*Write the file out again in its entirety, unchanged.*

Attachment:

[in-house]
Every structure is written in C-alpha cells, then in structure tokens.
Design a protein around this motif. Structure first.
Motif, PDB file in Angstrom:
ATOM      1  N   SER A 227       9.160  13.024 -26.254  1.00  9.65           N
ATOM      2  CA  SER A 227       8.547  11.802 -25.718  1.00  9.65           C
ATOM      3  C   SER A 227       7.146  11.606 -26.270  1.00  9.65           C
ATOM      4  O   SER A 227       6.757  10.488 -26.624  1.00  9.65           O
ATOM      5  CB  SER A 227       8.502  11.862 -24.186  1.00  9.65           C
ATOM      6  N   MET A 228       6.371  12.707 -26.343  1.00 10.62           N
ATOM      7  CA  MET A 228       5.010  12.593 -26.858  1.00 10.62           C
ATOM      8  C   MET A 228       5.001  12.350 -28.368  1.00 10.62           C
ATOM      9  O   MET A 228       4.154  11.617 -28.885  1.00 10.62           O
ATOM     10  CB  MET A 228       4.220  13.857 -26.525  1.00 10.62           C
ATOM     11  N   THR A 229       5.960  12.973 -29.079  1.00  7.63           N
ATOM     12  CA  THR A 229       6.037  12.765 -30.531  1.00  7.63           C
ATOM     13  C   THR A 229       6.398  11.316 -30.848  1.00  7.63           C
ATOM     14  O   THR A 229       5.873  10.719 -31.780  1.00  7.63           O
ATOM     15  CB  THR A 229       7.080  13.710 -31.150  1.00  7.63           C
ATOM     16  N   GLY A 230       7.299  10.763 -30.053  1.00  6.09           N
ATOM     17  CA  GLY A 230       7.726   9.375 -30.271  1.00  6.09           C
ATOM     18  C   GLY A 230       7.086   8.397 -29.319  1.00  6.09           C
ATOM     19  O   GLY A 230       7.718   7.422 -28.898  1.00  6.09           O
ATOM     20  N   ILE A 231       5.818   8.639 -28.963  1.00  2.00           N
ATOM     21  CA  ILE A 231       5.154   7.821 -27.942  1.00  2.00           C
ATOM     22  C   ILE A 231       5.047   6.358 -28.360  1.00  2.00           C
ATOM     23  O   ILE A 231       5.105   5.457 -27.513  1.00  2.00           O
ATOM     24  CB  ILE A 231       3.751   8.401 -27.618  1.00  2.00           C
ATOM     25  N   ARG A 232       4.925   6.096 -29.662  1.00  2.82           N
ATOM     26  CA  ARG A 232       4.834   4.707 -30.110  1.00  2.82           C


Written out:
[in-house]
Every structure is written in C-alpha cells, then in structure tokens.
Design a protein around this motif. Structure first.
Motif, PDB file in Angstrom:
ATOM      1  N   SER A 227       9.160  13.024 -26.254  1.00  9.65           N
ATOM      2  CA  SER A 227       8.547  11.802 -25.718  1.00  9.65           C
ATOM      3  C   SER A 227       7.146  11.606 -26.270  1.00  9.65           C
ATOM      4  O   SER A 227       6.757  10.488 -26.624  1.00  9.65           O
ATOM      5  CB  SER A 227       8.502  11.862 -24.186  1.00  9.65           C
ATOM      6  N   MET A 228       6.371  12.707 -26.343  1.00 10.62           N
ATOM      7  CA  MET A 228       5.010  12.593 -26.858  1.00 10.62           C
ATOM      8  C   MET A 228       5.001  12.350 -28.368  1.00 10.62           C
ATOM      9  O   MET A 228       4.154  11.617 -28.885  1.00 10.62           O
ATOM     10  CB  MET A 228       4.220  13.857 -26.525  1.00 10.62           C
ATOM     11  N   THR A 229       5.960  12.973 -29.079  1.00  7.63           N
ATOM     12  CA  THR A 229       6.037  12.765 -30.531  1.00  7.63           C
ATOM     13  C   THR A 229       6.398  11.316 -30.848  1.00  7.63           C
ATOM     14  O   THR A 229       5.873  10.719 -31.780  1.00  7.63           O
ATOM     15  CB  THR A 229       7.080  13.710 -31.150  1.00  7.63           C
ATOM     16  N   GLY A 230       7.299  10.763 -30.053  1.00  6.09           N
ATOM     17  CA  GLY A 230       7.726   9.375 -30.271  1.00  6.09           C
ATOM     18  C   GLY A 230       7.086   8.397 -29.319  1.00  6.09           C
ATOM     19  O   GLY A 230       7.718   7.422 -28.898  1.00  6.09           O
ATOM     20  N   ILE A 231       5.818   8.639 -28.963  1.00  2.00           N
ATOM     21  CA  ILE A 231       5.154   7.821 -27.942  1.00  2.00           C
ATOM     22  C   ILE A 231       5.047   6.358 -28.360  1.00  2.00           C
ATOM     23  O   ILE A 231       5.105   5.457 -27.513  1.00  2.00           O
ATOM     24  CB  ILE A 231       3.751   8.401 -27.618  1.00  2.00           C
ATOM     25  N   ARG A 232       4.925   6.096 -29.662  1.00  2.82           N
ATOM     26  CA  ARG A 232       4.834   4.707 -30.110  1.00  2.82           C